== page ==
Kayang and Me



Wilomin Noongar. What does that mean?

Aunty Hazel reckons the wilo (curlew) can completely camouflage itself. It closes its eyes and just lies there, motionless. You only see it when its eyes open. So sometimes those of us who are disconnected and dispossessed only become visible when our eyes are opened to history. Acknowledging our people – wanting recognition and welcome – we call out.

Award-winning novelist Kim Scott and his elder, Hazel Brown, have created a monumental family history of the Wilomin Noongar people.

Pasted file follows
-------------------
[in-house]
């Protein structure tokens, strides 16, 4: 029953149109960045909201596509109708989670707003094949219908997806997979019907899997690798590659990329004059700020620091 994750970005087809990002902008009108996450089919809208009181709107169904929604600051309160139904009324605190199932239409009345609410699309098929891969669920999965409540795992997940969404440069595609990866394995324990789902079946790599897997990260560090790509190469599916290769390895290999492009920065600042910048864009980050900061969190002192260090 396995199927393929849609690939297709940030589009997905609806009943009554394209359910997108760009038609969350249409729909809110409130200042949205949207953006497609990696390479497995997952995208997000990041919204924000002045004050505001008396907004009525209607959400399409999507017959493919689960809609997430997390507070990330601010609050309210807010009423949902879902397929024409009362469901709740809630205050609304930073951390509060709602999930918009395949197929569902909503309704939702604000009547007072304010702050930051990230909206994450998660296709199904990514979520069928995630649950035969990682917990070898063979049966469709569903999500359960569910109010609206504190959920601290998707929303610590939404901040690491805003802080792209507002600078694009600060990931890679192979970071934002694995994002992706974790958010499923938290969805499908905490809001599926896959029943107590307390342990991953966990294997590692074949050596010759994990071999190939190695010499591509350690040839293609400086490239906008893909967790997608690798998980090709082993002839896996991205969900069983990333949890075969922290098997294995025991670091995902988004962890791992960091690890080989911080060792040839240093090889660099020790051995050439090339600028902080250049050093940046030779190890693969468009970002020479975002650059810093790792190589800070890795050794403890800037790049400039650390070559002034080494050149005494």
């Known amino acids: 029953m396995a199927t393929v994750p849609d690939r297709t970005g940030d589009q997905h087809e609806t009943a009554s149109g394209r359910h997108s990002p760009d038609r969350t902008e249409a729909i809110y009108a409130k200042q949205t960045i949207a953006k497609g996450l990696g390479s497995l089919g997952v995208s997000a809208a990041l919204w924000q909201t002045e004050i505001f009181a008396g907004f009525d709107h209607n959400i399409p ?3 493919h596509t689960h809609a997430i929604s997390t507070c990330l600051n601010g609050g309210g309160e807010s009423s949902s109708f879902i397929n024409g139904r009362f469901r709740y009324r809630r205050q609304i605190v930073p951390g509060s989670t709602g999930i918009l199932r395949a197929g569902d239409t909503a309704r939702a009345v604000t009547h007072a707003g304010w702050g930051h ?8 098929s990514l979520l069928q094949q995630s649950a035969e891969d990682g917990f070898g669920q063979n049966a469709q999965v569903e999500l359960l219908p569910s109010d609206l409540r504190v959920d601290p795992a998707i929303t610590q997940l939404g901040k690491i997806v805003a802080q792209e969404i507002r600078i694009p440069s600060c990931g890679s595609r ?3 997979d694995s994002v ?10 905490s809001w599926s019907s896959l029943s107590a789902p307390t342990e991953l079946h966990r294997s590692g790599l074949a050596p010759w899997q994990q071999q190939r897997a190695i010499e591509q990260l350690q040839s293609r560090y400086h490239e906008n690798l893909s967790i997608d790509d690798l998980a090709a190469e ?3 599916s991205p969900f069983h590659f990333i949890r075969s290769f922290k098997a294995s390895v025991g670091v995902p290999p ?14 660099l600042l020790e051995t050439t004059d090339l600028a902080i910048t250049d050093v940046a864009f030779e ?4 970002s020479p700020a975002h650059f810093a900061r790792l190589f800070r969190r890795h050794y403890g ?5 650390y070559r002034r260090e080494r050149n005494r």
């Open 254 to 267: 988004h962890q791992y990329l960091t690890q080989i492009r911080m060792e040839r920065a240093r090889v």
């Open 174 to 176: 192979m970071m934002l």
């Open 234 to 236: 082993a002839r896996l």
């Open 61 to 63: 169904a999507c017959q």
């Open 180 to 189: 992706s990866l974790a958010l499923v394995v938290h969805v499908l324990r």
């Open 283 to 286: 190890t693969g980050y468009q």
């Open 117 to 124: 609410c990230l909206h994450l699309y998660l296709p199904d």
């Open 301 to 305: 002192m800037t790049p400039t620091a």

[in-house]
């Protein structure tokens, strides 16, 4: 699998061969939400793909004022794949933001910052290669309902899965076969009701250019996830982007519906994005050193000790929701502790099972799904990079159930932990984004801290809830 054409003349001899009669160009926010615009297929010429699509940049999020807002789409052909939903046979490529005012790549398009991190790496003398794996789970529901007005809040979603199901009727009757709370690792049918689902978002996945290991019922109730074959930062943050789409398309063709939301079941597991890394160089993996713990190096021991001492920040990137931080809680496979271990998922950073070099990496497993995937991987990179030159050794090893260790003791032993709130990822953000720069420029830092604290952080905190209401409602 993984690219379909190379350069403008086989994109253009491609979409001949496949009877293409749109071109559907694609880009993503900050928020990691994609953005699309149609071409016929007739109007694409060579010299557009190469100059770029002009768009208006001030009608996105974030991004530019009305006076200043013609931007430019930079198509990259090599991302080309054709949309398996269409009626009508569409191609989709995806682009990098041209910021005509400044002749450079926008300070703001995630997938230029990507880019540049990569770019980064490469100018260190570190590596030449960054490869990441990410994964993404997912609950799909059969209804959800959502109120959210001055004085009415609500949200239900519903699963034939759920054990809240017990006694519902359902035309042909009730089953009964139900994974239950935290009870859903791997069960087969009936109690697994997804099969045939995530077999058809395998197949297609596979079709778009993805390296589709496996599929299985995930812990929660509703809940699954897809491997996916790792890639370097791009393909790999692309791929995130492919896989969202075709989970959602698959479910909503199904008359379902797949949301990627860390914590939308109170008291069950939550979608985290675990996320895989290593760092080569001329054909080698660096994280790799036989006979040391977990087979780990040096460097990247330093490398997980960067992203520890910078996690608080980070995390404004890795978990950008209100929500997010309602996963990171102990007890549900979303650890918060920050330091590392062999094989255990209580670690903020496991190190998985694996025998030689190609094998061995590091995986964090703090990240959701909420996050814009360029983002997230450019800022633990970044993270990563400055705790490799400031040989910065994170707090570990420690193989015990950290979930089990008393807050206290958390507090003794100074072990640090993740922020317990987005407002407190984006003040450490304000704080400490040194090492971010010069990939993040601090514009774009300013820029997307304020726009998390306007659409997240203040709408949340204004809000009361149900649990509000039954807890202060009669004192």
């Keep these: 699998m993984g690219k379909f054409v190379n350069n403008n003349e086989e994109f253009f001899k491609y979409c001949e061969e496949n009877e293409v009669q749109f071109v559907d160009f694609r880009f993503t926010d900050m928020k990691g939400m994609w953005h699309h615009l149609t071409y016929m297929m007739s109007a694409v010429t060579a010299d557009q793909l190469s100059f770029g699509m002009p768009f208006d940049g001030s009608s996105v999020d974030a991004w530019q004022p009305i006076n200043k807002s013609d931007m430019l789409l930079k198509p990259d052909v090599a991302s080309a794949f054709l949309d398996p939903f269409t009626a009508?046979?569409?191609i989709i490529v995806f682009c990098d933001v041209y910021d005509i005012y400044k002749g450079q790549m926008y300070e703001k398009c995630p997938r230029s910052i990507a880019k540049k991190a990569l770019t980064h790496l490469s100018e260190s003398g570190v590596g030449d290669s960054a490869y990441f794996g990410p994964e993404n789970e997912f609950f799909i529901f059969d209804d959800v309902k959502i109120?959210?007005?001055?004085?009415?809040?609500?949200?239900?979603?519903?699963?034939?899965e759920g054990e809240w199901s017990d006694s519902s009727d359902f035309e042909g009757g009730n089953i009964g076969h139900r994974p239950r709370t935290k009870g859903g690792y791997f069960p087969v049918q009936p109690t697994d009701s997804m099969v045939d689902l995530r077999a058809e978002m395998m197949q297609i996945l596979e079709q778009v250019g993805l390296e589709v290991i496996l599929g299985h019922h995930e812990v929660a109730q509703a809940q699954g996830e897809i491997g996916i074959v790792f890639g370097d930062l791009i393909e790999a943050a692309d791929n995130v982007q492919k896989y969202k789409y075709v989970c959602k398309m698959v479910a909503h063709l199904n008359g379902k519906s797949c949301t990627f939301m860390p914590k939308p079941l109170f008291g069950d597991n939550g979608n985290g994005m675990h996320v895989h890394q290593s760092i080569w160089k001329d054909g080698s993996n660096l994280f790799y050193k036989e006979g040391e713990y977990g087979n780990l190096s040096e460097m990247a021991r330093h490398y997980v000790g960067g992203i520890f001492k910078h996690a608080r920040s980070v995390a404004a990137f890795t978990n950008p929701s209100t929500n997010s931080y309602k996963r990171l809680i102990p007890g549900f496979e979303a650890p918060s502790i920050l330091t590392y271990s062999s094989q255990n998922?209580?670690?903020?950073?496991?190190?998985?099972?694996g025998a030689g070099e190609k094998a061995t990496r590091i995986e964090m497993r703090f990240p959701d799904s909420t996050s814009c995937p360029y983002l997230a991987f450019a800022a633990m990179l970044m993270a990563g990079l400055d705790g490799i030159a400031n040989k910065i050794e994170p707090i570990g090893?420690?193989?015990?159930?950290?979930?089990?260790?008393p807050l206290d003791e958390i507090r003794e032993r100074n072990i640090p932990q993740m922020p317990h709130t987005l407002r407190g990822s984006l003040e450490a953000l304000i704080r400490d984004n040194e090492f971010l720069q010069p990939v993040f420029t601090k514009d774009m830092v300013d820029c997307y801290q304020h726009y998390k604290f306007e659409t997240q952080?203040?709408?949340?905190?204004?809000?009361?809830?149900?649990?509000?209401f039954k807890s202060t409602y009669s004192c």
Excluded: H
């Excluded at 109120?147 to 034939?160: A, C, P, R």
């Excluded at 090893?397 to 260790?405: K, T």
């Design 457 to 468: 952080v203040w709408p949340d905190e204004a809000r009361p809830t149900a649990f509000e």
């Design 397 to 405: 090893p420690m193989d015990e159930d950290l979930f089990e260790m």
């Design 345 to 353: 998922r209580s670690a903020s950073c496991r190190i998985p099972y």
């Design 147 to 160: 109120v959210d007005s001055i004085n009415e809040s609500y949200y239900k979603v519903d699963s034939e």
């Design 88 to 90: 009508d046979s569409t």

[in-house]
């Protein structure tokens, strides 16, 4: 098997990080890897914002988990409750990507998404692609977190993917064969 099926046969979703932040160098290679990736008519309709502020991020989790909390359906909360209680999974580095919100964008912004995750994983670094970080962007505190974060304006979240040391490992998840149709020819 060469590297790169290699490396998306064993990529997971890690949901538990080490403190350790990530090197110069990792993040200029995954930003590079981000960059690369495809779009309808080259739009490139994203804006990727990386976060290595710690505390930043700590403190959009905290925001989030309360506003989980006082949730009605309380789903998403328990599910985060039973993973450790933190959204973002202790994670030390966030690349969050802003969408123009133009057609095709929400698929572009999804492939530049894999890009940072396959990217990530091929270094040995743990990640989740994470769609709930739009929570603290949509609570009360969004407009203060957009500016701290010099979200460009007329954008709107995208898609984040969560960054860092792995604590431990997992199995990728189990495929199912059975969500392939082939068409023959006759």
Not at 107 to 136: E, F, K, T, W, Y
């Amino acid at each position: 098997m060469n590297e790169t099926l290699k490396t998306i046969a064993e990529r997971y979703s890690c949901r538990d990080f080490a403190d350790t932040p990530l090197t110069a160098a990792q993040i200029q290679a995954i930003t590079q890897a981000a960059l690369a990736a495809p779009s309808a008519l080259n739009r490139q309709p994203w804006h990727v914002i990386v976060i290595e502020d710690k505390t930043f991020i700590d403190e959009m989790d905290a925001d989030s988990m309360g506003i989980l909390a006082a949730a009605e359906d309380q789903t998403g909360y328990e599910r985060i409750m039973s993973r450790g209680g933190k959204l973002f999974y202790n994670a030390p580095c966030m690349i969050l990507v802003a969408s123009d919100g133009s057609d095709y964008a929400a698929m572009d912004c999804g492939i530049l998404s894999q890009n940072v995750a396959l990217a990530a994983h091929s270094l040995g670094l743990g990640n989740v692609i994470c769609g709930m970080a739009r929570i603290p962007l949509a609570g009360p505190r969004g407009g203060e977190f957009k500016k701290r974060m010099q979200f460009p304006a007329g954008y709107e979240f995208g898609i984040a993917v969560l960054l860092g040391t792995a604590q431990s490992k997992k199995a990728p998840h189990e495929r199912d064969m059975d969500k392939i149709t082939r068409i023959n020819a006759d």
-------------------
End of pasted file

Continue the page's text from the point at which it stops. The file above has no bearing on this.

Kayang and Me is a powerful story of community and belonging, revealing the deep and enduring connections between family, country, culture and history that lie at the heart of Aboriginal identity.

This book is brilliant. Read it because it is imaginatively conceived and beautifully crafted. And read it because it matters. — Sydney Morning Herald

Hazel Brown and Kim Scott have managed to reclaim the voice of country from the voice of colonisation, and in doing so, light a gentle yet powerful path back to self-identity for those lost along the way. — Koori Mail

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Harvard citation

Korff, J 2018, Kayang and Me, <>, retrieved 22 October 2019

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